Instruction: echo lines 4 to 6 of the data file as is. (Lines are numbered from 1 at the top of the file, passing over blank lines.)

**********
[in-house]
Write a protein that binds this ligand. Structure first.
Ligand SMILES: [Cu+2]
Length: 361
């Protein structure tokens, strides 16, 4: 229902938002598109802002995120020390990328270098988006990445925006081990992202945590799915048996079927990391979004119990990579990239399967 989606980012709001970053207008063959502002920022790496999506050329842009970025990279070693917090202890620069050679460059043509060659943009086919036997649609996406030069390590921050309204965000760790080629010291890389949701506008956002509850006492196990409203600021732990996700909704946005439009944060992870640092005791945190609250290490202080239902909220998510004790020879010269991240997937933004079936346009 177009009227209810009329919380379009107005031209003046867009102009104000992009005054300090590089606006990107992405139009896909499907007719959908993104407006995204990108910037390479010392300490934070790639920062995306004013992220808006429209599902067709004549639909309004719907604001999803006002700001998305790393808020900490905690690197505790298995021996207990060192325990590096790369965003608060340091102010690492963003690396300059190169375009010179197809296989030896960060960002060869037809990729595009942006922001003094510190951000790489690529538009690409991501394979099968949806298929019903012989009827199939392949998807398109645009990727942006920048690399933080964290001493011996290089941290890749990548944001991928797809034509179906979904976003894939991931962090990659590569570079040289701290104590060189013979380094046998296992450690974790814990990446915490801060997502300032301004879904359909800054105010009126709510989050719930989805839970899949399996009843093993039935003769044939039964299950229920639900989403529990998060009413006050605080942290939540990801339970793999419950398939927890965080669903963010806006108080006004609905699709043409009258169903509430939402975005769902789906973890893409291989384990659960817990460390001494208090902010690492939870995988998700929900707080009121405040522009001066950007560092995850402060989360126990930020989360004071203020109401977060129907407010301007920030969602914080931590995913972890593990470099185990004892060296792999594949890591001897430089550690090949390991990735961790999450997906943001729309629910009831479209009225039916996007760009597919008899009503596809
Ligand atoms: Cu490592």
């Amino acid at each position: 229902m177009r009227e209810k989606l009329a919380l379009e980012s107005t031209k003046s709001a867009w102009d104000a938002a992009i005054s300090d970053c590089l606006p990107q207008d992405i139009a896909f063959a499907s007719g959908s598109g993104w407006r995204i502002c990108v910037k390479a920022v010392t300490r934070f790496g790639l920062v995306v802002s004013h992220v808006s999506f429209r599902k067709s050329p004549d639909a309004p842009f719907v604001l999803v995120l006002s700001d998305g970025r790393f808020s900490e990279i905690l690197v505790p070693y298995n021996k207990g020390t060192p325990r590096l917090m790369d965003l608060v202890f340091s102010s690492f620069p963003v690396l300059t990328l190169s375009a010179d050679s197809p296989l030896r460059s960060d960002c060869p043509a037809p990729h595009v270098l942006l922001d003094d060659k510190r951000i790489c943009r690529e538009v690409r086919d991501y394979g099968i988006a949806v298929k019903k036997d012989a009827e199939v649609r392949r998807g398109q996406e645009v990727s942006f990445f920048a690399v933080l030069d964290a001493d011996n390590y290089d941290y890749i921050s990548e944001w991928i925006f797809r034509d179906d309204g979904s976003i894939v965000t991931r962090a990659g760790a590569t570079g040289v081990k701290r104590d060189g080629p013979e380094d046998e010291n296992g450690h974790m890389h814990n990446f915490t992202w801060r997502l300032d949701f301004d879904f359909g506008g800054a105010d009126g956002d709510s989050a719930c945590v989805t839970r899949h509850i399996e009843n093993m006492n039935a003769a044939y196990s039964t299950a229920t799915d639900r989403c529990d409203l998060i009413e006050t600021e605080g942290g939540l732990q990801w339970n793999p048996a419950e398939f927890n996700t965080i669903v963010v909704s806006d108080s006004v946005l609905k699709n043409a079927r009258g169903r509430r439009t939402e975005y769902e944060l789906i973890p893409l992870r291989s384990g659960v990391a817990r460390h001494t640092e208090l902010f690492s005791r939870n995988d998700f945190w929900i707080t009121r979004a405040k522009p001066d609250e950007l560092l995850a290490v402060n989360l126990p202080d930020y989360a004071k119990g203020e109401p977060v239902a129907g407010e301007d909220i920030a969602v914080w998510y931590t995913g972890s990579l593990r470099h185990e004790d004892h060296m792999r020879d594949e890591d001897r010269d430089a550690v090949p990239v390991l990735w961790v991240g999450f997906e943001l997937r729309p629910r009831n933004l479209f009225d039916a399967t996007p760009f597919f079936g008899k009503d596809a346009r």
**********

Length: 361
């Protein structure tokens, strides 16, 4: 229902938002598109802002995120020390990328270098988006990445925006081990992202945590799915048996079927990391979004119990990579990239399967 989606980012709001970053207008063959502002920022790496999506050329842009970025990279070693917090202890620069050679460059043509060659943009086919036997649609996406030069390590921050309204965000760790080629010291890389949701506008956002509850006492196990409203600021732990996700909704946005439009944060992870640092005791945190609250290490202080239902909220998510004790020879010269991240997937933004079936346009 177009009227209810009329919380379009107005031209003046867009102009104000992009005054300090590089606006990107992405139009896909499907007719959908993104407006995204990108910037390479010392300490934070790639920062995306004013992220808006429209599902067709004549639909309004719907604001999803006002700001998305790393808020900490905690690197505790298995021996207990060192325990590096790369965003608060340091102010690492963003690396300059190169375009010179197809296989030896960060960002060869037809990729595009942006922001003094510190951000790489690529538009690409991501394979099968949806298929019903012989009827199939392949998807398109645009990727942006920048690399933080964290001493011996290089941290890749990548944001991928797809034509179906979904976003894939991931962090990659590569570079040289701290104590060189013979380094046998296992450690974790814990990446915490801060997502300032301004879904359909800054105010009126709510989050719930989805839970899949399996009843093993039935003769044939039964299950229920639900989403529990998060009413006050605080942290939540990801339970793999419950398939927890965080669903963010806006108080006004609905699709043409009258169903509430939402975005769902789906973890893409291989384990659960817990460390001494208090902010690492939870995988998700929900707080009121405040522009001066950007560092995850402060989360126990930020989360004071203020109401977060129907407010301007920030969602914080931590995913972890593990470099185990004892060296792999594949890591001897430089550690090949390991990735961790999450997906943001729309629910009831479209009225039916996007760009597919008899009503596809
Ligand atoms: Cu490592």